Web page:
“Fabric has always been my starting point in projects,” says designer Mally Skok. “I would go into showrooms and take a little swatch, stick it on my pinboard, and stare at it.” Her own Lincoln, Massachusetts, home, where every surface seems to erupt in a mix of florid patterns and coordinated handmade objects, is a testament to that fact. More often than not, the fabrics are her own design.
Take the upstairs guest room, where the walls, the upholstery, and even the canopy above the bed are swathed in Brimfield by Mally Skok Design. “I like to have a riot of color and pattern in small, confined areas,” says Skok, who worked with an interior designer in London before moving her family to Massachusetts on something of a whim.
“On the top floors of English country houses, everything’s got pattern on it, and it feels so cozy and fun,” she says. Just down the hall, the children’s bathroom is trimmed in bead board and wrapped in her own blue Suzani Luv wallpaper. In the two decades her family has lived in this house, Skok didn’t just launch her own Boston-based design firm, she also created more than 150 fabrics and wallpapers from patterns that she painstakingly hand-paints first in watercolors. The prints reflect her globe-trotting life. Born and raised in South Africa, Skok developed one collection around some of the country’s native plants, like spindly green fynbos and spiky pink King protea. (“South Africans really embrace the outdoors,” she explains.) In her son’s bedroom, the leafy wallpaper was inspired by a trip to Botswana, where Skok’s grandparents “lived and loved the trees.” A pillow in the King Protea print is set jauntily on the bed in that all-pink guest room. Pattern-on-pattern is definitely a Skok thing.
Accompanying all these are an abundance of artisanal objects—handwoven baskets and tables, painted ceramics and statues, all carefully sourced on trips home to South Africa. In the family room, “one basket is from the Himba tribe, who are a nomadic people in Namibia. Their pieces are so refined and beautifully constructed,” Skok explains. “I love to layer in those kinds of things and give respect to the people who made them.” Meaningful accents like these are given space to breathe against thoughtful neutrals, like a caramel ottoman and a sisal rug.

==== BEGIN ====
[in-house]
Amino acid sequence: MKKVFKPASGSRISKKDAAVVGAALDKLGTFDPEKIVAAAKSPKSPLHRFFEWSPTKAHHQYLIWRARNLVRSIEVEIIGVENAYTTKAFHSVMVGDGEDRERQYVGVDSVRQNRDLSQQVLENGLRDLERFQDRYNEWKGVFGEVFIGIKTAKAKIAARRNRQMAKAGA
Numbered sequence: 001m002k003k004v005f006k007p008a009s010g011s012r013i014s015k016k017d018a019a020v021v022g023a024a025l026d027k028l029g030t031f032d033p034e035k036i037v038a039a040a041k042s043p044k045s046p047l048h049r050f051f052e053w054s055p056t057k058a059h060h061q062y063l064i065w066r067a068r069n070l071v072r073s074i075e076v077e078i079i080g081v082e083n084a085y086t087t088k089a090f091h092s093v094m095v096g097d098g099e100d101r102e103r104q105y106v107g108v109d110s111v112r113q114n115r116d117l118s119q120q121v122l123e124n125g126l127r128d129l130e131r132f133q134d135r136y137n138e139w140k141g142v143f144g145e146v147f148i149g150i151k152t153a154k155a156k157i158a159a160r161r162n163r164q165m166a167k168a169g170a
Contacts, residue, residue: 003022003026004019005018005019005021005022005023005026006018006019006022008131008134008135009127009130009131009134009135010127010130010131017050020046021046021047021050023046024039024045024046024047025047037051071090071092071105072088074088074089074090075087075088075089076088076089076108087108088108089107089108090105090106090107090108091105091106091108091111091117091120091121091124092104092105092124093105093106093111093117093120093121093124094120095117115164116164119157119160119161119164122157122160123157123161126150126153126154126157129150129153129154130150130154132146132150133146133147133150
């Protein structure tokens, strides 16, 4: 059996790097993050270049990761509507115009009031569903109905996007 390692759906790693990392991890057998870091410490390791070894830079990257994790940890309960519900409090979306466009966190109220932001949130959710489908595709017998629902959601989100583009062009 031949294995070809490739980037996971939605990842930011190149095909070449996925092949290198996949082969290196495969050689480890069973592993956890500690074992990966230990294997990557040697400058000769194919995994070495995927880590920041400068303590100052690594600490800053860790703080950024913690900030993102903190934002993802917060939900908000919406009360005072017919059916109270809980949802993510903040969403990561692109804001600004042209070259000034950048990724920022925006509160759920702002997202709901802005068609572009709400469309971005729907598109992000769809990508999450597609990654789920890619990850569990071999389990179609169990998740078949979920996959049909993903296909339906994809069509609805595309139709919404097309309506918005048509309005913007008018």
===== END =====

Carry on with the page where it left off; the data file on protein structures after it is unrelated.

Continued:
“I really believe that having simple linens—or going plain on the big furniture—lets you play with the rest of the room,” says Skok. “It adds layers but doesn’t restrict you in any way. And then you can enliven the room with fresh pillows or a throw.” As if to illustrate her point, a brightly colored textile is spread across the seat of the family room’s sofa, almost like she brought it in just to spice things up against the already vivid marigold upholstery.
The house itself, which Skok designed with local architect Christopher Hart, lends itself naturally to her worldview. “It’s got a very South African flavor to it,” Skok points out. “Big windows that go down to the floor, and the layout of the entry hall, with the living room on one side and the dining room on the other—that is what old Cape Dutch houses are like.” It was 22 years ago that she and her husband happened upon the original property while plotting what they then thought would be a temporary move from London to the U.S. “A friend showed us this piece of property with a beautiful pond, 16 miles outside of Boston,” Skok remembers. “We were stuck in the snow, and we wondered, ‘Should we do it? Should we just stay?’ We made the decision in about 20 minutes, and it completely changed our lives.”
“I’m not a rule breaker, I’m more of a rule ignorer,” Skok says, and this attitude is what got her started making fabrics in the first place. On a trip to India a decade ago, she kept dragging her sister back to the market to look at prints. “She finally said, ‘You should have your own fabric line,’ ” Skok recalls. “It seemed like such an out-there suggestion in those days, but the little seed was sown in my brain. I came back and got out my watercolors, and I started painting these patterns. They’re my view of Indian fabrics through a South Africa–slash-London lens.”
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